Adding Keywords to One or Multiple Images
So now we can look at a few other bits of Capture One that will help you or just kind of go apart from that basic standard workflow, if you like. And the first thing is adding keywords, as such. So I'm gonna close down, nope, I'm gonna keep this one open, my mistake. Let's go to this collection here, as such. You can see this is a good example of, this is a photographer, Eric, Eric, Eric, can't remember his name, Eric Ronald, a guy from Australia. Great guy, does fantastic weddings. And you can see just his use of variants here, so color, black and white version one, blank and white version two. Now I'm just gonna collapse these down so that we're only looking at one variant, so it's easy on our eyes. So if we select tool, we can say Collapse All and then we're only looking at the top variant of each one, just so it's easier for us to look at. So when it comes to adding keywords, we need to look at the information tab here and this is where we have anything pertaining to keywording, so...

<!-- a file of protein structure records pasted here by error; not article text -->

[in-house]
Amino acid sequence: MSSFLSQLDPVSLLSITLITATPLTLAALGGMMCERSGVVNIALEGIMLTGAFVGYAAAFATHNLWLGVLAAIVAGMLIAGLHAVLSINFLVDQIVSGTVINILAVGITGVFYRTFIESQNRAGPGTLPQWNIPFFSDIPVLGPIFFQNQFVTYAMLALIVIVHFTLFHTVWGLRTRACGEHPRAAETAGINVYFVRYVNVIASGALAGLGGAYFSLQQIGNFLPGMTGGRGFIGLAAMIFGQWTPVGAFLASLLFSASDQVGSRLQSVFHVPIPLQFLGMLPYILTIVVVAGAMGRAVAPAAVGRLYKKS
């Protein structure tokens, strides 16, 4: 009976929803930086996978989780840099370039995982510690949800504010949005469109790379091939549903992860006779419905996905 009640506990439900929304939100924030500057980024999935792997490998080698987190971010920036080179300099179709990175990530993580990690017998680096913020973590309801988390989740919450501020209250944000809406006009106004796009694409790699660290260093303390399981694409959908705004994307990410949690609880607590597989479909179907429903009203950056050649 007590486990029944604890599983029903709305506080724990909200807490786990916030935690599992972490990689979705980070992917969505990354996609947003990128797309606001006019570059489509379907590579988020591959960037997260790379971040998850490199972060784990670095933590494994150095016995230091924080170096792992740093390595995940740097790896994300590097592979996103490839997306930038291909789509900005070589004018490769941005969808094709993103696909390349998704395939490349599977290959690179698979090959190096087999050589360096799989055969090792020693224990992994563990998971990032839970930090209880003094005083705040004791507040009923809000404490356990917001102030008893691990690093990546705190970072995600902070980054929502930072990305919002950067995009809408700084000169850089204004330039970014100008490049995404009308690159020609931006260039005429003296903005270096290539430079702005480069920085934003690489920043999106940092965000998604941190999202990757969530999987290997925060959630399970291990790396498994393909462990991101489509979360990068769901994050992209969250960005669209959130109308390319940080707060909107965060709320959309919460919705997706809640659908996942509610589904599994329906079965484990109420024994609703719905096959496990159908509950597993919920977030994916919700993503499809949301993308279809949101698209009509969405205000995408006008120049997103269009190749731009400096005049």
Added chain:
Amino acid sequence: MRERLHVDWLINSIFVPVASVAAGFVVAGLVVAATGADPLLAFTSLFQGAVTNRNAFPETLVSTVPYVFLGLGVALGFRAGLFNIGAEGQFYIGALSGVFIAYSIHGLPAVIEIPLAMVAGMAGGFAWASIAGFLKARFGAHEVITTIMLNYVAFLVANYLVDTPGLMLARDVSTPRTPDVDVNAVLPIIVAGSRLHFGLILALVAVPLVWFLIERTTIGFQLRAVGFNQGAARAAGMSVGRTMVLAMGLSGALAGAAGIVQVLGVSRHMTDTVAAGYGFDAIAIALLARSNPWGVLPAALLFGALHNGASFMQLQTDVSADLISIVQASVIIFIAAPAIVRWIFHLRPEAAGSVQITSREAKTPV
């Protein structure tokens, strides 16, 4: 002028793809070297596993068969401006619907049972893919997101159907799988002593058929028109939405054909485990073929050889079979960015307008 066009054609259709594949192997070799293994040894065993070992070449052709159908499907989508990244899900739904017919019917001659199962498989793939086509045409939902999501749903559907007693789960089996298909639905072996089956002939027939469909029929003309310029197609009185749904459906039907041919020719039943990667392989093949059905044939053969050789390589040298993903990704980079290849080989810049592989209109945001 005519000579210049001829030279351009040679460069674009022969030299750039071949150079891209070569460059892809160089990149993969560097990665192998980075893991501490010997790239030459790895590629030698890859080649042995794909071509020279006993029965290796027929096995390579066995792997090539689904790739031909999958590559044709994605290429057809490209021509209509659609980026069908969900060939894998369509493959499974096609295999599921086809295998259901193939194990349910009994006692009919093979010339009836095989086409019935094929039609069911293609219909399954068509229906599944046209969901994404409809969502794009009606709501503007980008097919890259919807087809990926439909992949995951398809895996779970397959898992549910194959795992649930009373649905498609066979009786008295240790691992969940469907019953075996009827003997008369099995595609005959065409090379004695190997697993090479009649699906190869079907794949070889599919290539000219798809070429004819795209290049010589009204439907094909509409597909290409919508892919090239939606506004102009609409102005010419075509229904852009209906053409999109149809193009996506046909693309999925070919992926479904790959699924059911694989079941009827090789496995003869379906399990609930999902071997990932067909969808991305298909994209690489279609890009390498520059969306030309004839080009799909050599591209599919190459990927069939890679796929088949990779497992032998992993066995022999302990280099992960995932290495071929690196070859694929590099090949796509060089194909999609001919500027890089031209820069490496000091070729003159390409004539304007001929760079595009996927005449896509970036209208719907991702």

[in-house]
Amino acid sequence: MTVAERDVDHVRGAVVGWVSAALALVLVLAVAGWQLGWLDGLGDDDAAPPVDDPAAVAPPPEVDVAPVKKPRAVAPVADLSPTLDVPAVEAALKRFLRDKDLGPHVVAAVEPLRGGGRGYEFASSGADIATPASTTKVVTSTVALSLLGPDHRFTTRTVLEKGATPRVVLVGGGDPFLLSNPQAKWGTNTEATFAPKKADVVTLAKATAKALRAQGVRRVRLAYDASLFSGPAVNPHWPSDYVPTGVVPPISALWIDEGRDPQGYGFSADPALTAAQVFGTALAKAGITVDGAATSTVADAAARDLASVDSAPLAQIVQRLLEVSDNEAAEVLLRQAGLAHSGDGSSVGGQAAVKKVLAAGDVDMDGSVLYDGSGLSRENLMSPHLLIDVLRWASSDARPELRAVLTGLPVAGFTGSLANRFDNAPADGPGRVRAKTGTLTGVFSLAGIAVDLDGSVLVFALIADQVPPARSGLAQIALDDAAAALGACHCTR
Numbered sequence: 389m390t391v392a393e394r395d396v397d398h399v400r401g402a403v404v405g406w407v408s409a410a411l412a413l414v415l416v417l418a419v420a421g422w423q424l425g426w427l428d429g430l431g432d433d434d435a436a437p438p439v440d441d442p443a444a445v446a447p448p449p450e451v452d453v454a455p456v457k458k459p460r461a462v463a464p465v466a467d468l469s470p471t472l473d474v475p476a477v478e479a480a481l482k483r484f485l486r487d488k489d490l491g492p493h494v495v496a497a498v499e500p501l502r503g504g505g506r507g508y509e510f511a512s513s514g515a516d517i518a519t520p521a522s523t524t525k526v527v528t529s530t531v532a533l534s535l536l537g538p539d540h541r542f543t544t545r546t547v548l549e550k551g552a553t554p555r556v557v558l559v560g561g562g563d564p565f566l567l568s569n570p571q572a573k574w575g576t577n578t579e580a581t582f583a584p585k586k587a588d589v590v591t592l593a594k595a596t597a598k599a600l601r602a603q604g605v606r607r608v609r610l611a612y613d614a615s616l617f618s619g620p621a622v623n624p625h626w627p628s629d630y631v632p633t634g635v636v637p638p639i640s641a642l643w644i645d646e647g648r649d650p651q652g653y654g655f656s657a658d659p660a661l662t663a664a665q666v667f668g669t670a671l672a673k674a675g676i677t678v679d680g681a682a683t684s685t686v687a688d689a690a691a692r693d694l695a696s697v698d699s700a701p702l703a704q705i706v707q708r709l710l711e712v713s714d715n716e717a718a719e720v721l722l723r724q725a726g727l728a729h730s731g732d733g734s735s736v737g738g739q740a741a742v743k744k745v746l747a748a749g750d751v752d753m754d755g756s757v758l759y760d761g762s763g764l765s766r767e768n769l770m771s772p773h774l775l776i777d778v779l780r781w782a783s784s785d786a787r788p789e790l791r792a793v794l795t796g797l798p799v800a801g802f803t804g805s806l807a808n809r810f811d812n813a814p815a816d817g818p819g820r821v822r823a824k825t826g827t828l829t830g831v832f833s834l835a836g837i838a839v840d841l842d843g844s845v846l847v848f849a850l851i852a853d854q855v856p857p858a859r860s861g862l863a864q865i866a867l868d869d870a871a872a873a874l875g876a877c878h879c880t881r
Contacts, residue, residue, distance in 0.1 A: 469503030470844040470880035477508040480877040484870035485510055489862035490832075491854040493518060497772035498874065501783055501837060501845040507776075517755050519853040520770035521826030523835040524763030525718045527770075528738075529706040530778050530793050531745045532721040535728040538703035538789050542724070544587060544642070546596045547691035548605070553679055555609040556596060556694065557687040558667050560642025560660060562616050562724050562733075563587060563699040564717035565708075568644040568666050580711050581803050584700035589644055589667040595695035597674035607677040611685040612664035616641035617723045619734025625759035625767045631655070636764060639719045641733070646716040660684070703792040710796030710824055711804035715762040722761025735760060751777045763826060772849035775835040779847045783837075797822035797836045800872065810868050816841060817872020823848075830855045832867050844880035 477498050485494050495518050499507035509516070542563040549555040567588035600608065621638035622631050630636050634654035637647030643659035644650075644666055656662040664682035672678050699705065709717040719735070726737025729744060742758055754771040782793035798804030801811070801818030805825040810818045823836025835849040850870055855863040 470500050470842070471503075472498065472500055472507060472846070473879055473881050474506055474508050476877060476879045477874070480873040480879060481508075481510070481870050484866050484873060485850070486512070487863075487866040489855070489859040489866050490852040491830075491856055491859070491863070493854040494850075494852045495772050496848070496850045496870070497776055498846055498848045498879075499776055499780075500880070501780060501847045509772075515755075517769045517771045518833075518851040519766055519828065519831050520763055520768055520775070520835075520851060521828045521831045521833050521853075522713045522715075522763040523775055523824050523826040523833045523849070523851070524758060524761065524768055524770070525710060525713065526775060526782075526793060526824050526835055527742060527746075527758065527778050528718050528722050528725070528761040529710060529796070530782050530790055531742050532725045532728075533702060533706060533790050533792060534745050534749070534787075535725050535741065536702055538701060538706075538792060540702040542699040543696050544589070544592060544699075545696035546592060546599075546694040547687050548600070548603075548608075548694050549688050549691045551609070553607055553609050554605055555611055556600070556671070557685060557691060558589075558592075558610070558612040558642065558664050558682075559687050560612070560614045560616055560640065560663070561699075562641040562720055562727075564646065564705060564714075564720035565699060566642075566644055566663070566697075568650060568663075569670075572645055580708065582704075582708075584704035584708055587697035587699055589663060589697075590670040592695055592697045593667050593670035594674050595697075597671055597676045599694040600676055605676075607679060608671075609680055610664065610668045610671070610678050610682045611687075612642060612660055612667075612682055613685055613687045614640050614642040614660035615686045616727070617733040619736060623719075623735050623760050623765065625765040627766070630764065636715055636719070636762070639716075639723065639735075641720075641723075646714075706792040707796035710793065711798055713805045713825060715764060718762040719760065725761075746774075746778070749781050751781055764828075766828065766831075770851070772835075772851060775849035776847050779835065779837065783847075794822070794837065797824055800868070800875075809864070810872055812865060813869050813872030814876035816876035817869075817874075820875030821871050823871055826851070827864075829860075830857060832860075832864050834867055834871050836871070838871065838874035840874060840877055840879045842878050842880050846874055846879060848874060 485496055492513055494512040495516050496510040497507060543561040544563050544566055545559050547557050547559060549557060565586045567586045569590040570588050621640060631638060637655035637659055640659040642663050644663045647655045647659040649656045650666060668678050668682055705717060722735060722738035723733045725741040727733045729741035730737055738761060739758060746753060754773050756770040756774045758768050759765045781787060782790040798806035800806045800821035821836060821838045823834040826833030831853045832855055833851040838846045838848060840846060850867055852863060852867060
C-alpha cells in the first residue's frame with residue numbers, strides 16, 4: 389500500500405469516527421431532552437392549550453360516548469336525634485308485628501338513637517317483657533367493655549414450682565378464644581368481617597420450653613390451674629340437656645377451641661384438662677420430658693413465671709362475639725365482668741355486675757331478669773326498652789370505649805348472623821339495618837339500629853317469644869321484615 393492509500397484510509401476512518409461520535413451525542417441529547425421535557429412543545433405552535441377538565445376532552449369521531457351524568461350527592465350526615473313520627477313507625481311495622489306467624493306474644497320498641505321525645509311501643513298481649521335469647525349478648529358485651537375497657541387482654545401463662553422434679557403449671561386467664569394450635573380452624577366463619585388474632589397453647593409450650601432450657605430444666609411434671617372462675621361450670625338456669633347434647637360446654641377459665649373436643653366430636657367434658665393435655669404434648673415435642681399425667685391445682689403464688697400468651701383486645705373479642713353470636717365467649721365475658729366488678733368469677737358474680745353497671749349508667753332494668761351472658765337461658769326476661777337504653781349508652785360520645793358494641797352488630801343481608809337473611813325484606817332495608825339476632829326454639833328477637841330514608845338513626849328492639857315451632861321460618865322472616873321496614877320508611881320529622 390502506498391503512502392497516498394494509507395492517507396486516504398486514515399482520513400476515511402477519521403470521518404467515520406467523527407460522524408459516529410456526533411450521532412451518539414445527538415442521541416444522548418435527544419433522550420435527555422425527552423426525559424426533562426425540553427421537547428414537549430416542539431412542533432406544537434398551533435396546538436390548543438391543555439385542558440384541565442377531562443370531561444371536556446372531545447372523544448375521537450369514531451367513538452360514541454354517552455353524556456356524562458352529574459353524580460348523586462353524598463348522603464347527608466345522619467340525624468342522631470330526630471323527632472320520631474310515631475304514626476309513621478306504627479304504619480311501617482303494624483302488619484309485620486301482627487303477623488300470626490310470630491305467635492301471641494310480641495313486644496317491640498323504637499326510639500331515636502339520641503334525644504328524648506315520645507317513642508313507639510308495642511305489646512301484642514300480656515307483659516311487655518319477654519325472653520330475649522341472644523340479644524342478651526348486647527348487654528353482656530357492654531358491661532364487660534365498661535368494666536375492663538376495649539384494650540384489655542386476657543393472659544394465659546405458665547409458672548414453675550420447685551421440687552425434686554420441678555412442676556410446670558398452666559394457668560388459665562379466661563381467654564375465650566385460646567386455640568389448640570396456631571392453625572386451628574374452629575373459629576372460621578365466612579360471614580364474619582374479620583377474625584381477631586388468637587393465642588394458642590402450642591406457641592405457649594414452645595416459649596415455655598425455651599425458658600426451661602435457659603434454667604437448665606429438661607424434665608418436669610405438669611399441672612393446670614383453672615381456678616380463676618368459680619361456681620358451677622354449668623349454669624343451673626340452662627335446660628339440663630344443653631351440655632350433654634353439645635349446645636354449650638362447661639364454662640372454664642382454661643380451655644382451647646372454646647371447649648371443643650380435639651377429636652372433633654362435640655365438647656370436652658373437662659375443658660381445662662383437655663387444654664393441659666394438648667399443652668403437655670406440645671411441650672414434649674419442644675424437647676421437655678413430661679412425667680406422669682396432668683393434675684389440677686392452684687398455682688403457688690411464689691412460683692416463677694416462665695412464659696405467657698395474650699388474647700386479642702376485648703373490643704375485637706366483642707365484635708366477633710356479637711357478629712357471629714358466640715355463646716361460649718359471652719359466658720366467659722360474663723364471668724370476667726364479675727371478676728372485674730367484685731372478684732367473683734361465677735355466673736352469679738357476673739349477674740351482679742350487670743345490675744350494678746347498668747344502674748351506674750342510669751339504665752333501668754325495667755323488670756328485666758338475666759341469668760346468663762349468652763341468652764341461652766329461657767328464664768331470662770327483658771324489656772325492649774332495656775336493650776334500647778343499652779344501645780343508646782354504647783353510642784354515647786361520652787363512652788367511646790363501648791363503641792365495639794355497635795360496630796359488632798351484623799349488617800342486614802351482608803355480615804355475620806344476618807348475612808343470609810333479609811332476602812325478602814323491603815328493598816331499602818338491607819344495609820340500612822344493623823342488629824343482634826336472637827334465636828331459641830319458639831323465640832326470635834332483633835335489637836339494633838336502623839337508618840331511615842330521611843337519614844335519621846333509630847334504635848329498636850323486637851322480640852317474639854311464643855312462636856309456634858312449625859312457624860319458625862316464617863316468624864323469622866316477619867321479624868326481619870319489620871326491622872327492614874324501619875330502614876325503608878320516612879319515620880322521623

adding keywords to images, removing keywords to images and so on. It's one of those tasks which we should all do because if we add keywords to our images it makes them easier to find and it makes them easier to filter, but we are notorious at not doing it. But if you follow a few simple rules, you can actually make keywording a really easy and fast task and not a burden as it's sometimes thought of and there's pretty ways to do it in Capture One. So if we start with the basics, so adding a keyword to one or multiple images. So we have our keyword tool up here. So let's just add a basic keyword like this. Let's type in wedding, like so. So if I type in wedding and say enter, this image now has the keyword wedding. So you see if I highlight it, it pops up like so. So if I want to add more than one keyword, I can say, type dress, comma separate it, I can put India here, for example, enter and so on. That will add me those additional keywords, like so. If I wanna delete a keyword, I can simply hover over it, I'll zoom in a bit. If we hover over a keyword, you see the little X pops up. If I tap that, that will remove the keyword from the image. If I want to simply remove all keywords from an image it follows the same set of instructions or kind of theory to other tools, that if we reset, then it deletes everything. So we reset to default, which is no keywords on an image. If we want to apply keywords to a batch, I'll select the top four, for example. So the top four images, and I can do the same thing, I can say wedding, India, dress, like so. Enter, and now those three keywords are applied to that top row of images, easy. If I kind of select additional images, like so, you'll see the symbol will change. And so now we have a little negative symbol next to each of those keywords. That simply means that some of the images in my collection do not contain these keywords. So out of those four, five, six, seven images, some of them don't contain dress, India, and wedding. So if I press minus, then that will simply tell Capture One add that keyword to the entire selection. So now if we go down to the groom here, as such, you can now see he has wedding added, like so. So if I do that once more, I can say well, I don't want to add dress, but I do want to add India, and I do want to add wedding, so now if we look at that, he's got wedding and India as part of that keyword. Again, when you're adding keywords to a batch, you're gonna want to have this turned on, otherwise it's only gonna affect the primary variant, not everything, as such. If you would like, let's just take one. We can actually reorder the keywords, which might sound strange but sometimes people like to have the keywords appear in a particular order in the meta data when you come to export it. One of the reasons I've heard for that, especially if you're using keywords to identify people, you put the keywords in the order that the people are left to right. So it's very important that they're not alphabetically arranged. You want to be able to freeform arrange them like so. So you can drag and move the keywords around if you wish. Now if you're into having hierarchical keywords, which is parents, childrens, sorry, parent, children, or grandparent and so on, then you can do so. That allows you to have, if you like, a master subject and lower subjects. So if we take this example again, we could have wedding as the parent and then underneath we could have ceremony, for example, and that would give us actually a hierarchical keyword set, so then we could have outdoor, for example. So that'll give me a grandparent, parent, and a child, as such. And if we hover over any of these, then you can see the relationship between the three. Now, my biggest problem with, my personal problem with adding keywords, is that I find it very hard to think about them. So if that doesn't affect you, that's not a problem, but I think if that does affect you or you've been struggling with keywords, it does make sense to then start working with keyword libraries. We can manage ourselves so much better, so, so much better if we actually use a keyword library because as I said, my problem is when I look at an image, I kinda go blank. I can think of wedding and two other things, but if we want to really give power to a catalog, then we can do much better at adding more extensive keywords as well. And the easiest way to do that is with a keyword library, and that's why we have a separate keyword library tool down here.